Maya Panika
May 20, 2014 rated it it was amazing  ·  review of another edition
A strange, mysterious story about a lost child's wanderings in the world; a girl who grows up loved, but at a distance; who doesn't like to finish a book because "it was dispiriting to witness her printed companions concluding their lives with a blank space at the bottom of the final page", but who finally learns that to love and accept love, and to see a relationship through to its natural end, is the only way to truly live.
The storyline is broken into three distinct periods of Tooley's life,
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Blaine DeSantis
Apr 03, 2018 rated it liked it
What a tough review to write. I so enjoyed The Imperfectionists by this author and was really looking forward to this book. It was very well written, but unlike some of my Goodreads friends I have to differ as to this books ratings. First of all there are very few decent characters. What a bunch of horrid people live in this book. We have so much to deal with as our heroine, Tooly, tries to figure out her past. It takes almost 300 pages to finally get to that point. I found the beginning ...more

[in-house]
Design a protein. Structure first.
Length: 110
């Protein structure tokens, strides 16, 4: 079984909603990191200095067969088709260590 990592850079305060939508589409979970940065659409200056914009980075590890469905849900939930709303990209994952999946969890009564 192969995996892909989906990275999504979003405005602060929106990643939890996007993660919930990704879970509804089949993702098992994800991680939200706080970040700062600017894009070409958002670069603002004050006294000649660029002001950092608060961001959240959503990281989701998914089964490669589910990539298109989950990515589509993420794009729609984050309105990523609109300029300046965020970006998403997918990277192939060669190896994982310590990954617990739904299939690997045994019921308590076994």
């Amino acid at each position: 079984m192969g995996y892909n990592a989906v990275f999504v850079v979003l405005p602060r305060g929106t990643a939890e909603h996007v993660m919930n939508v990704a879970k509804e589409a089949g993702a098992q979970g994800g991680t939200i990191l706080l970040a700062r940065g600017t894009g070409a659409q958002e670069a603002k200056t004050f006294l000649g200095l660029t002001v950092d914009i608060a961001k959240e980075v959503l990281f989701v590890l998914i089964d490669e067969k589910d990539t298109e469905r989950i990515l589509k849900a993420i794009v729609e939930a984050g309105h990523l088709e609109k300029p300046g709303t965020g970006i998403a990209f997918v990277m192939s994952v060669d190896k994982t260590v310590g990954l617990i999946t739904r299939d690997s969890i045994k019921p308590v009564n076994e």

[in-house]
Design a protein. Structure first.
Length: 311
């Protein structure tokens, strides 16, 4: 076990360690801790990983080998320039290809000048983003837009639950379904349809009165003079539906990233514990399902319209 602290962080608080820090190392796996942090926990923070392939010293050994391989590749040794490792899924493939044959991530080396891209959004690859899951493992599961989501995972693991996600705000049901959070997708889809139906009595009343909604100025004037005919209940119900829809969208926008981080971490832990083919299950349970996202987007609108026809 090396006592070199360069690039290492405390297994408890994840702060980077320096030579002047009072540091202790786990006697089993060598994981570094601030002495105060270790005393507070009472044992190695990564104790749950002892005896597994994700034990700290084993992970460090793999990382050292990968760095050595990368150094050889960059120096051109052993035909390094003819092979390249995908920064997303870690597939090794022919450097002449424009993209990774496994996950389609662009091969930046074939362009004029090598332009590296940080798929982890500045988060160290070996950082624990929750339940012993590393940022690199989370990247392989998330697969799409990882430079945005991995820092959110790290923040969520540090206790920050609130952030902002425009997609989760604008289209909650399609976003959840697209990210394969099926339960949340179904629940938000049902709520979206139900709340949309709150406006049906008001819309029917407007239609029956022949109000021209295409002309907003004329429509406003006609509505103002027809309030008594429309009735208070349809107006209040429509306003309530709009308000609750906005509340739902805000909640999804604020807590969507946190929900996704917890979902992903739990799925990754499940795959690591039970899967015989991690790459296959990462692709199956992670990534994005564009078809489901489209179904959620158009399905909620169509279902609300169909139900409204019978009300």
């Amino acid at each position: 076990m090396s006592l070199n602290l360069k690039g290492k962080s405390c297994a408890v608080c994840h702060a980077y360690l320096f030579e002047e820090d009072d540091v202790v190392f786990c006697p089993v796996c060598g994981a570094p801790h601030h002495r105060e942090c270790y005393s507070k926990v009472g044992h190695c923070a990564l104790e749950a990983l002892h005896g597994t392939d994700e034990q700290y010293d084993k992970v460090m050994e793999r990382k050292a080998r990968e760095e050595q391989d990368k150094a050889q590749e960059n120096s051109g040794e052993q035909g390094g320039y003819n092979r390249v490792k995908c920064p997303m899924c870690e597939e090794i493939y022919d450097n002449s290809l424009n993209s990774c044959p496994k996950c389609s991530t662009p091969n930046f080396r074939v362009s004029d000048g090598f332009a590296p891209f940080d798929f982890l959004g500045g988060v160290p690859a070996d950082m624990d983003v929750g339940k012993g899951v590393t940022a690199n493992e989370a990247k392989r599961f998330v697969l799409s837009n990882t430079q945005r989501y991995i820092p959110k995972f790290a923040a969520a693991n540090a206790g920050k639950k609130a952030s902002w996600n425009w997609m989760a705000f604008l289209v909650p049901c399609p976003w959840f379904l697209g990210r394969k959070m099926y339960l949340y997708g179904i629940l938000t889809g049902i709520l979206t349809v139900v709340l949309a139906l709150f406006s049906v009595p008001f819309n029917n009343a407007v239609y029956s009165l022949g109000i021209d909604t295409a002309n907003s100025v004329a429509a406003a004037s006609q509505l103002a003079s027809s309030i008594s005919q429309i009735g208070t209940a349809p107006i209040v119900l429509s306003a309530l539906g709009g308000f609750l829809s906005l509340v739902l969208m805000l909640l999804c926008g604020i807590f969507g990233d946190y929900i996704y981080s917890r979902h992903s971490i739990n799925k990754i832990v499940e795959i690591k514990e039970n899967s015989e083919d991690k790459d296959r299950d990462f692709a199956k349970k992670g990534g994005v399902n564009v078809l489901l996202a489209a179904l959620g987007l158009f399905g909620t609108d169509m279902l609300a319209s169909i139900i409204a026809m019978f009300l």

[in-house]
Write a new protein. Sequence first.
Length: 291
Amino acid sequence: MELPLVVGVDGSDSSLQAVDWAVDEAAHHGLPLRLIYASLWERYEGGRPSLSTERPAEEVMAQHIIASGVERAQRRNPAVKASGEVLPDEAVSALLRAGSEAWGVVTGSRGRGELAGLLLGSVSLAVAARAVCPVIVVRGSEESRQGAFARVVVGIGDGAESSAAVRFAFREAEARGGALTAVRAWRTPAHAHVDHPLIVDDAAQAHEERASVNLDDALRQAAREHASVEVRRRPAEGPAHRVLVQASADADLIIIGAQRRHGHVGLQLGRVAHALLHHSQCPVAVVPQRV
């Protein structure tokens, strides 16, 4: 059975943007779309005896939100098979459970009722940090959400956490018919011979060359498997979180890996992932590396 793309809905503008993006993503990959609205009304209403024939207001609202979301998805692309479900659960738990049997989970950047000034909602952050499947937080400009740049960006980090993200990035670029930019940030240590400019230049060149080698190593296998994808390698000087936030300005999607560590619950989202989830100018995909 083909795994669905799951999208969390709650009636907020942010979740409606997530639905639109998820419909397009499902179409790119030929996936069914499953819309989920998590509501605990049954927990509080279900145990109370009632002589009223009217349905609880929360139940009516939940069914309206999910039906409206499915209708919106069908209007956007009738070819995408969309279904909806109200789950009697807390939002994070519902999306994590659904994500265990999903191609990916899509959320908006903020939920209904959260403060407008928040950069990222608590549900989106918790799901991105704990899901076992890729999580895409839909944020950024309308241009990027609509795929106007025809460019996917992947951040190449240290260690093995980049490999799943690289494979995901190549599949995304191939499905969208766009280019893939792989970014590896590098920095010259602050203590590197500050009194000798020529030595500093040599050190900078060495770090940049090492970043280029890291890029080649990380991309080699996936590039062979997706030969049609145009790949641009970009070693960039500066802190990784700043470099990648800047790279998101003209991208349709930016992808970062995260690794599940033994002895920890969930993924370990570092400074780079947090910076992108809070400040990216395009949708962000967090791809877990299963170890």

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Tom Rachman is the author of four works of fiction: his bestselling debut, The Imperfectionists (2010), which was translated into 25 languages; the critically acclaimed follow-up, The Rise & Fall of Great Powers (2014); a satirical audiobook-in-stories Basket of Deplorables (2017); and an upcoming novel set in the art world, The Italian Teacher (March 2018).

Born in London and raised in
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“Books," he said, "are like mushrooms. They grow when you are not looking. Books increase by rule of compound interest: one interest leads to another interest, and this compounds into third. Next, you have so much interest there is no space in closet.” 55 likes
“People kept their books, she thought, not because they were likely to read them again but because these objects contained the past--the texture of being oneself at a particular place, at a particular time, each volume a piece of one's intellect, whether the work itself had been loved or despised or had induced a snooze on page forty.” 29 likes